Reply

  28. Michelle
    Oct 18, 2017 @ 22:59:31

    Julie, your joy is palpable and it’s so wonderful to read! We are overjoyed at your happiness in fulfilling your dream of being published. We have marveled at your words, your ability to write with passion, nuance and truth. We thank you for taking us on this journey with you. Please know you have given us a wonderful gift already. Your written words validated our feelings, thoughts, concerns and fears on this journey. Thank you for your voice. LOVE and PEACE to you and your family!

    Reply

  29. Tyler Burton
    Oct 21, 2017 @ 08:14:21

    Congratulations!!! It is so wonderful that your editor found YOU! Your story of strength and your entire family’s journey will empower millions. Thank you Julie, Josh and the girls for your generosity. With love, The Burton family.

    Reply

  30. Lilly
    Oct 25, 2017 @ 13:36:51

    Congratulations Julie! I am really glad to see that Random House’s role in this brings a sense of meaning, closure, and at the very end, JOY and HAPPINESS in this. It is truly a legacy you leave. I, too, felt some kinship with Paul and with you, for the reasons you mention. David told me about your publication, but I had gotten hints of it from other comments previously posted, and I am really excited for you. You write SO WELL. I started saying I was going to write a book when diagnosed, but I keep “putting it off” and don’t even do an ounce of justice to CaringBridge updates. This blog has been a literary work in the making since I started reading it, and I do believe the stars aligned to make this work. You deserve it, your girls deserve it, and your family will always be able to hand the book to people and say “this is Julie at the end, in a nutshell” and stand back and let YOU do the talking for yourself. Your daughters will know you better as you look down at them from heaven. I am so happy for you.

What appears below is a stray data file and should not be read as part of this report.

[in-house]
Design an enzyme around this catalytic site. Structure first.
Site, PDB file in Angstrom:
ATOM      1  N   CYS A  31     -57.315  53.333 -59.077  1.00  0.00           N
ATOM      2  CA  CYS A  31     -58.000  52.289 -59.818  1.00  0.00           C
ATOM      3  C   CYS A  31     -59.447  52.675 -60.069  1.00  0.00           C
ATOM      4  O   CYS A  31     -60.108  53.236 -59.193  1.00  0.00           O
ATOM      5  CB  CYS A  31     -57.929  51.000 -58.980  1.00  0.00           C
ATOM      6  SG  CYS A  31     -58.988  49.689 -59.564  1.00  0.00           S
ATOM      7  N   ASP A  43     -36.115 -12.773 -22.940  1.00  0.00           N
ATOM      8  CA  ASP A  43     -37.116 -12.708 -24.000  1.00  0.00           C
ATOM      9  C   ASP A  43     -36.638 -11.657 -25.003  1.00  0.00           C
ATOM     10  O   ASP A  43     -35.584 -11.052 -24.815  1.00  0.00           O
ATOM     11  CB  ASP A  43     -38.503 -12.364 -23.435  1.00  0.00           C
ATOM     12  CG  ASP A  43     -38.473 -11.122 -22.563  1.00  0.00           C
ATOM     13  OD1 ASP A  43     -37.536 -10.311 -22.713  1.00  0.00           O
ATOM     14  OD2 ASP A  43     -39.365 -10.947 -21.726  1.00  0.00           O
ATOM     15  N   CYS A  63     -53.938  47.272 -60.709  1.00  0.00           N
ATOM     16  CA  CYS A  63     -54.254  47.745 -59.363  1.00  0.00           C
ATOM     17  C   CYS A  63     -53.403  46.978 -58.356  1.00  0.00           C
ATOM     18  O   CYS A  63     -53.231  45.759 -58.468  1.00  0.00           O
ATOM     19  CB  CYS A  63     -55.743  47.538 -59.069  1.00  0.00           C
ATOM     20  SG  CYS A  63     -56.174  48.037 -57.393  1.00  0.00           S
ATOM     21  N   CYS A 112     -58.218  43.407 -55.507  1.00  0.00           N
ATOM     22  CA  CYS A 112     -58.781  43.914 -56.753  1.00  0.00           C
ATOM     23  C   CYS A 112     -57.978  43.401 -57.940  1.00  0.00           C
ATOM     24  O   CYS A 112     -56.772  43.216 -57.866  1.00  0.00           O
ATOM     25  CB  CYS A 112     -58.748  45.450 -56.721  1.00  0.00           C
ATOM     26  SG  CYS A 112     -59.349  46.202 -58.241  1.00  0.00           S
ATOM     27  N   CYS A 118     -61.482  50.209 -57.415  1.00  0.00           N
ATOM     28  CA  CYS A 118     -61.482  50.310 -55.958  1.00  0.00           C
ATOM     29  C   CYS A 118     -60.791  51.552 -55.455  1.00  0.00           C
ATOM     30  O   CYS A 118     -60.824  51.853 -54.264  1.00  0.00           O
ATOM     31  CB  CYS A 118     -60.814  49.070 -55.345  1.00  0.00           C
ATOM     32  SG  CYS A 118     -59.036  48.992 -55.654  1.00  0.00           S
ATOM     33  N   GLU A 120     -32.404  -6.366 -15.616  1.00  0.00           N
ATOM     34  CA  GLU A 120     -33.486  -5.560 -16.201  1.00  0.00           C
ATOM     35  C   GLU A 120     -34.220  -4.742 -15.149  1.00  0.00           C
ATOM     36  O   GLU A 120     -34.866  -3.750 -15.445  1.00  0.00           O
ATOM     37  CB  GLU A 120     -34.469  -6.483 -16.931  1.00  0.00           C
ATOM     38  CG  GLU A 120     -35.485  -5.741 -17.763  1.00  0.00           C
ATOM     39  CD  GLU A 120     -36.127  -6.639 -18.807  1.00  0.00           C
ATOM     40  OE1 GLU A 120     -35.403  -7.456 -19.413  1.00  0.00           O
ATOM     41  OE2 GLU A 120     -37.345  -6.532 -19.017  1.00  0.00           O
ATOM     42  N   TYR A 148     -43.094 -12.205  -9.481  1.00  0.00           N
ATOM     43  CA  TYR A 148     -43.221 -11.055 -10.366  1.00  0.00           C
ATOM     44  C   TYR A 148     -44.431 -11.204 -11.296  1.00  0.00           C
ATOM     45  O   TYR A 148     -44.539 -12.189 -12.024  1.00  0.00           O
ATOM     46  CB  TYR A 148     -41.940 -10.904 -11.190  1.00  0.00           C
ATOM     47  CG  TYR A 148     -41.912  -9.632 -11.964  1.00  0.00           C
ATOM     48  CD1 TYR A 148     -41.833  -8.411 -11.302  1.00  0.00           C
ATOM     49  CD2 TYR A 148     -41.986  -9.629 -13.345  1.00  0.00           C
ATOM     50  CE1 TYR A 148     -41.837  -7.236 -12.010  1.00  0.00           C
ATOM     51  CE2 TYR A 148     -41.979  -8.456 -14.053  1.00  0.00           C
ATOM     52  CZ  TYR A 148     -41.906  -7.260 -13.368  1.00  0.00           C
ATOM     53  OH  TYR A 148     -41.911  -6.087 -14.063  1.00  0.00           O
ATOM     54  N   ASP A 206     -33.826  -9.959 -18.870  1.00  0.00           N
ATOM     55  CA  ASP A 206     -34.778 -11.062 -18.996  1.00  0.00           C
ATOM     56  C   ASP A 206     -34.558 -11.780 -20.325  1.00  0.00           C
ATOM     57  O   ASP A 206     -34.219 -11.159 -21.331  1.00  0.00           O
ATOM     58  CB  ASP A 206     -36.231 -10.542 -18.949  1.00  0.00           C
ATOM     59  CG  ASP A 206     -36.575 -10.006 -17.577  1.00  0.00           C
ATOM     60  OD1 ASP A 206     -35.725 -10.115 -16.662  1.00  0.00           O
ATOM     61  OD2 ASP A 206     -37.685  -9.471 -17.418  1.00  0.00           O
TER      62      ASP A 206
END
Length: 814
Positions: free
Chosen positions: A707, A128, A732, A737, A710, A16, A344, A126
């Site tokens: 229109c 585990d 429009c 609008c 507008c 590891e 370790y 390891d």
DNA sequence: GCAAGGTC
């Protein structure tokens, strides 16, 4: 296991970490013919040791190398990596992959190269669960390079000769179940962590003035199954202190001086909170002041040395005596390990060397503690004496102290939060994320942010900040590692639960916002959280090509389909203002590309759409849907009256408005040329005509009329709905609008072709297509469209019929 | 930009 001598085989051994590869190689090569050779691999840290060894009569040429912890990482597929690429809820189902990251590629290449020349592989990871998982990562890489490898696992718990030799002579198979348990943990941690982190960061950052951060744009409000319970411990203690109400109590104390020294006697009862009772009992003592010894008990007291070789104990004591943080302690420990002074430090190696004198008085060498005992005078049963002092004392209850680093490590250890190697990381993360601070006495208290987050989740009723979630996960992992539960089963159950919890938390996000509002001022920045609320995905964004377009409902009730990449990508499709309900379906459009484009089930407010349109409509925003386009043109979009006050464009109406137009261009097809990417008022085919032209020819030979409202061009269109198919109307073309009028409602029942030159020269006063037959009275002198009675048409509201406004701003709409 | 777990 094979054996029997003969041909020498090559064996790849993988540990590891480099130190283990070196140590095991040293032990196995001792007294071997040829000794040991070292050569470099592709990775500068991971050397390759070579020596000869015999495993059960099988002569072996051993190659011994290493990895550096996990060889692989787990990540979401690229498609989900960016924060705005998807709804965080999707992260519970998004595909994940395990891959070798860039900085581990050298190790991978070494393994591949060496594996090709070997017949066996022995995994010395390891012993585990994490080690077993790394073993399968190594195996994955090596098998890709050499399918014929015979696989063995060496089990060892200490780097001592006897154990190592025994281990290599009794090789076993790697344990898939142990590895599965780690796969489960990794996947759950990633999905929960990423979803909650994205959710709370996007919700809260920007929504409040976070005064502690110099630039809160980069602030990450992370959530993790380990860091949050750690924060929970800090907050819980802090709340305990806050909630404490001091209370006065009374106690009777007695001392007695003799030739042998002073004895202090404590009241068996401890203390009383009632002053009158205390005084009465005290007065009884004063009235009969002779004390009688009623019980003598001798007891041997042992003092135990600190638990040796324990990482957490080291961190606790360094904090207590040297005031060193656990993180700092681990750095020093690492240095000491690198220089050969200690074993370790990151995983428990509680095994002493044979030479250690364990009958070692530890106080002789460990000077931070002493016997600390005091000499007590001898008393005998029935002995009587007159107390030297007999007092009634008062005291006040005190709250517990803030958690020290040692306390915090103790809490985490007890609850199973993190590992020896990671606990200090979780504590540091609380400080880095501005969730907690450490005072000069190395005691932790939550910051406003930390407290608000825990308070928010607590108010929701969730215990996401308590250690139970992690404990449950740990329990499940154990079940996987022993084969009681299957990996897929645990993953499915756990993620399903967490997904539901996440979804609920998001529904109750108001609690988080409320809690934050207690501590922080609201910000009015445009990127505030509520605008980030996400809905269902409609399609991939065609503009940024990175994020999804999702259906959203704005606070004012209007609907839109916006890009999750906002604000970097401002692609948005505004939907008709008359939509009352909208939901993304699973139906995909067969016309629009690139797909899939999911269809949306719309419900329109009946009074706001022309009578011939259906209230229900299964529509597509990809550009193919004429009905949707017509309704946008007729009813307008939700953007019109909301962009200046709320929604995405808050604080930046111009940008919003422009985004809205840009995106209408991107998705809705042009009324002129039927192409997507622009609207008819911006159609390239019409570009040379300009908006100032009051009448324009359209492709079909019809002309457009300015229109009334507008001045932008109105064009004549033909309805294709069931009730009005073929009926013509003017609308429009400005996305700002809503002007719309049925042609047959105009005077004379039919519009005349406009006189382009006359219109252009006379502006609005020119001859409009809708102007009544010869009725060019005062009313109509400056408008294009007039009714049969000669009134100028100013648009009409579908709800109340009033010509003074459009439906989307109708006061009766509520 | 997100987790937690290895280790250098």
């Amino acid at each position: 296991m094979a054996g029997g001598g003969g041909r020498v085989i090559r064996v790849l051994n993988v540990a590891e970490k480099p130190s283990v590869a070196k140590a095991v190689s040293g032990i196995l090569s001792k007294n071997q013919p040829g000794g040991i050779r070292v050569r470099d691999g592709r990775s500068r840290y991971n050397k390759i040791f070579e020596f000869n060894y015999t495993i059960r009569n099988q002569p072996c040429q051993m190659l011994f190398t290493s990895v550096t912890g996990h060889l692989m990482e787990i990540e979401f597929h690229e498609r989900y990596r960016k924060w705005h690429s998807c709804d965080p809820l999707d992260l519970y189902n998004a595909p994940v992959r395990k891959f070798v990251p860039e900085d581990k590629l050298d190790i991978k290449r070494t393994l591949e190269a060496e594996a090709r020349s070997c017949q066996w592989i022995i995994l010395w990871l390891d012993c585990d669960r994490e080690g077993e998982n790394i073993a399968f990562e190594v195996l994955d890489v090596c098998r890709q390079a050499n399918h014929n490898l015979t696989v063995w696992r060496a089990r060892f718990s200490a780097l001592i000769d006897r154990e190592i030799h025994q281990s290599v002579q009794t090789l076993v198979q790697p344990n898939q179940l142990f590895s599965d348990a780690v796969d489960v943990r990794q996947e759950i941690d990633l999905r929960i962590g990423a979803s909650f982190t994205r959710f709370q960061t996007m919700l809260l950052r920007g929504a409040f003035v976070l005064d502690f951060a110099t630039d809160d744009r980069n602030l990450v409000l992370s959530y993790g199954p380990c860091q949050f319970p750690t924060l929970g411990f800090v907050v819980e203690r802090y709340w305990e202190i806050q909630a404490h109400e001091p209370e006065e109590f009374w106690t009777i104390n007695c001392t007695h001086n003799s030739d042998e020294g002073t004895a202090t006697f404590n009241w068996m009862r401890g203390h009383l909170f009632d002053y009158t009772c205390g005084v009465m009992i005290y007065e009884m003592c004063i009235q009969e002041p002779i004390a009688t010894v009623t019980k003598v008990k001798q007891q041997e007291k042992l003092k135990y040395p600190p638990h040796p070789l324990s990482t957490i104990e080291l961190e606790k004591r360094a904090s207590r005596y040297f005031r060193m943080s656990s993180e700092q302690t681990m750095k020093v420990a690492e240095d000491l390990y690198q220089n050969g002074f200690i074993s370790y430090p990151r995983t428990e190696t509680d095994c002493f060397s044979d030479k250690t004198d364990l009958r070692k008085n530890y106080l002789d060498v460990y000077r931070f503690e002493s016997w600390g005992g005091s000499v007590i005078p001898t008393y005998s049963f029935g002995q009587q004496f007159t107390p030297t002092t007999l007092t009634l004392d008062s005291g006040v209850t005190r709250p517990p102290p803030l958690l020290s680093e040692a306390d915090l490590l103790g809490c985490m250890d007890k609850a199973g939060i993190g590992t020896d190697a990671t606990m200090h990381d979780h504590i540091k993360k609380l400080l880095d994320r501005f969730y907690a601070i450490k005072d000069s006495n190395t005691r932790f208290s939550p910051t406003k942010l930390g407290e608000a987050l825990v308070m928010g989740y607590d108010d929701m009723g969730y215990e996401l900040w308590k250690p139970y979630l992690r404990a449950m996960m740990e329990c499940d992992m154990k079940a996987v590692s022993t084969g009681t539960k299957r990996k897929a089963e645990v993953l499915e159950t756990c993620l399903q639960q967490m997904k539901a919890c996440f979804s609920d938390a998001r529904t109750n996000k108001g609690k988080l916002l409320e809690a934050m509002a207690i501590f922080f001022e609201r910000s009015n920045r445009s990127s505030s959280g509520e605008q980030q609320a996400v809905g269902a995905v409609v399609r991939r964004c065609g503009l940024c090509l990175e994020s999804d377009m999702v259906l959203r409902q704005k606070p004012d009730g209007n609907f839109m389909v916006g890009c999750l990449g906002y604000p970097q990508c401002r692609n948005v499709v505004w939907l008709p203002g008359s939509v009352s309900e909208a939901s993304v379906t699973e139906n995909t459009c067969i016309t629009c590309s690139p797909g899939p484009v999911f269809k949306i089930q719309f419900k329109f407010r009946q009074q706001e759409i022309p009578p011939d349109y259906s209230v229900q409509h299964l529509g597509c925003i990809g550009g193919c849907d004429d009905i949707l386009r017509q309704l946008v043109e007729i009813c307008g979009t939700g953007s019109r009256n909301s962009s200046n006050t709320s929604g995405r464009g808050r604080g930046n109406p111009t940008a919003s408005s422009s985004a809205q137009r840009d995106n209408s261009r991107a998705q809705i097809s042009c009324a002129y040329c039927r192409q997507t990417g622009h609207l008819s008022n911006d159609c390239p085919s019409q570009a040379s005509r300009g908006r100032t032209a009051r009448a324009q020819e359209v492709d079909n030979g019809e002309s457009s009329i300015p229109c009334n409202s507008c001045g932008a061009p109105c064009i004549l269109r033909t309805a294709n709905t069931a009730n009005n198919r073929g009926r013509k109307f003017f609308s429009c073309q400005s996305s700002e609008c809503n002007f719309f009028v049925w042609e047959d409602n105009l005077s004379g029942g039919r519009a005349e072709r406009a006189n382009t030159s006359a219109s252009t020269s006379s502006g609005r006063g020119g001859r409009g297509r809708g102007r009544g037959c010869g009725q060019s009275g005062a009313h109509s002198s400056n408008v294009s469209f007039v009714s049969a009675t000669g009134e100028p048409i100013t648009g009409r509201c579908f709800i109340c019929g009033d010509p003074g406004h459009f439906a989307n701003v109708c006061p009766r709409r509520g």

Reply

  31. Diane E Tavegia
    Nov 07, 2017 @ 12:30:35

    Julie, I found your blog while trying to find an excuse for my CEA to jump 1.5 points in three weeks (Stage IV in 2009, liver met in 2012 and all was well until 27 days ago when CEA rose above normal). I have cried and rejoiced and cried some more while reading your blog.

    I loved your insistence that death be included in your story. No one has ever told us how to die! I’m 67 and guess I just always figured I’d drift off to sleep like my grandmother did at 98.

    Thank you, God bless you and may the rest of your life be as wonderful as the first. I hope your book isn’t published for many years and that those years are filled with joy and love.

    Reply

  32. Diane E Tavegia
    Nov 07, 2017 @ 12:31:44

    That should have said Stage III in 2009 and Stage IV in 2012.

    Reply

  33. Victoria Nooner Ozimek
    Nov 09, 2017 @ 12:36:49

    The list of accomplishments of those we graduated with from HLS are long, but it is those like you that make me the proudest to have crossed paths with, even if only in the briefest moments.

    Reply